The site in question was located in Triq Fleur De Lys, Birkirkara. Although the site was located within the development scheme, where redevelopment could therefore take place, the proposal was turned down by the Planning Commission on the following grounds:
The plans were not compliant with sanitary regulations since applicant had failed to furnish a ventilation and lighting report as required by Legal Notice 227 of 2016;
The ‘modern design of the elevation’ on Triq Fleur-de-Lys was deemed to be out of context with the rest of the streetscape. It was pointed out that the architect made no attempt at reproducing any of ‘the architectural features which are present in this streetscape’. For this reason, the development ran counter to the provisions of Policies G3, G14 and Part (b) of G23 of the Development Control Design Policy, Guidance and Standards 2015.
The proposed elevation was incompatible with the Urban Objective 3 of the Strategic Plan for Environment and Development, which aims to protect and enhance the character and amenity of urban areas;
Enemalta Corporation failed to give its go ahead to the project.
In reply, applicant lodged an appeal before the Environment and Planning Review Tribunal, insisting that the envisaged development was in line with regulations. In his appeal, applicant (now, appellant) made the following arguments to justify his position:
1. Contrary to what the Commission had asserted, a ventilation and lighting report duly signed by a warranted engineer was, in fact, submitted to the Planning Authority;
2. The proposed façade design was acceptable so much so that the superintendent of cultural heritage had raised no concern to that effect.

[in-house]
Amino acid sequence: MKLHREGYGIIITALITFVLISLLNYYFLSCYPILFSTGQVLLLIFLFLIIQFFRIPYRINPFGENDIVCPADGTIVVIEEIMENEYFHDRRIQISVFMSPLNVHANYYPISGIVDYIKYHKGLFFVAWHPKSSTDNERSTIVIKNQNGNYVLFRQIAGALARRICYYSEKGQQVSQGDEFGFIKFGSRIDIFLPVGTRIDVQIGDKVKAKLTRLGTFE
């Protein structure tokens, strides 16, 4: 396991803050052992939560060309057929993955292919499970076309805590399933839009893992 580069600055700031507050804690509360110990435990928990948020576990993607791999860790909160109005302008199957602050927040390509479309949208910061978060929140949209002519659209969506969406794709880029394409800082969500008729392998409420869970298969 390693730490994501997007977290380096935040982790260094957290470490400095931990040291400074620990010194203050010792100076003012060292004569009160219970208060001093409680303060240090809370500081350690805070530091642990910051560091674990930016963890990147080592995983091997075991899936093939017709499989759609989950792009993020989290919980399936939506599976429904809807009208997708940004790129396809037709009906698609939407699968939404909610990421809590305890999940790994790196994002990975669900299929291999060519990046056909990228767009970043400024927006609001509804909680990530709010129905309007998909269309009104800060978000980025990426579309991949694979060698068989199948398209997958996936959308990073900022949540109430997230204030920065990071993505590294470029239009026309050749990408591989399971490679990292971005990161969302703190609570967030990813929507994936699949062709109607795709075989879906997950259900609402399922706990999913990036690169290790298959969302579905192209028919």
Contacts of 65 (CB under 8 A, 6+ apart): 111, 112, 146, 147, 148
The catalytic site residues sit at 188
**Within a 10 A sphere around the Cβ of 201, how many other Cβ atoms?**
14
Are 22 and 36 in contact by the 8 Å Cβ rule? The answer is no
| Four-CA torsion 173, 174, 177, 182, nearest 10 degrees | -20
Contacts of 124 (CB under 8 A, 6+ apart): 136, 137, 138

3. Moreover, the immediate streetscape had little aesthetic value, meaning that no negative visual impact with regard to the surrounding urban context was envisaged;
4. The proposal would inject life in an area which had been transformed to a commercial hub over the years;
The Enemalta had, since the decision of the Planning Commission, given the green light to the proposed development subject to a sub-station being provided within the site at basement level.
The Authority reiterated its previous objections to the proposal, pointing out that the light and ventilation report mentioned by applicant, though submitted at a late stage, still failed to address the pending sanitary concerns. In addition, the Tribunal was warned that applicant’s site was located close to an archaeological site and a ‘less modern façade design’ would have been more visually appropriate. As a final point, the Authority held that it was not against the principle of the area being regenerated as long as applicant complied to ‘other important planning considerations’.
In its assessment, the Tribunal immediately observed that applicant had indeed submitted a light and ventilation report, which it considered to be acceptable. Moreover, it was noted that the issues which applicant previously held with Enemalta were also addressed. As to the façade design, the Tribunal however concurred with the Authority and held that the proposed façade design on Triq Fleur de Lys should be ‘revised’ in view of the surrounding context so as to read as three floors. The new designs were to also incorporate a number of closed balconies as a distinct feature.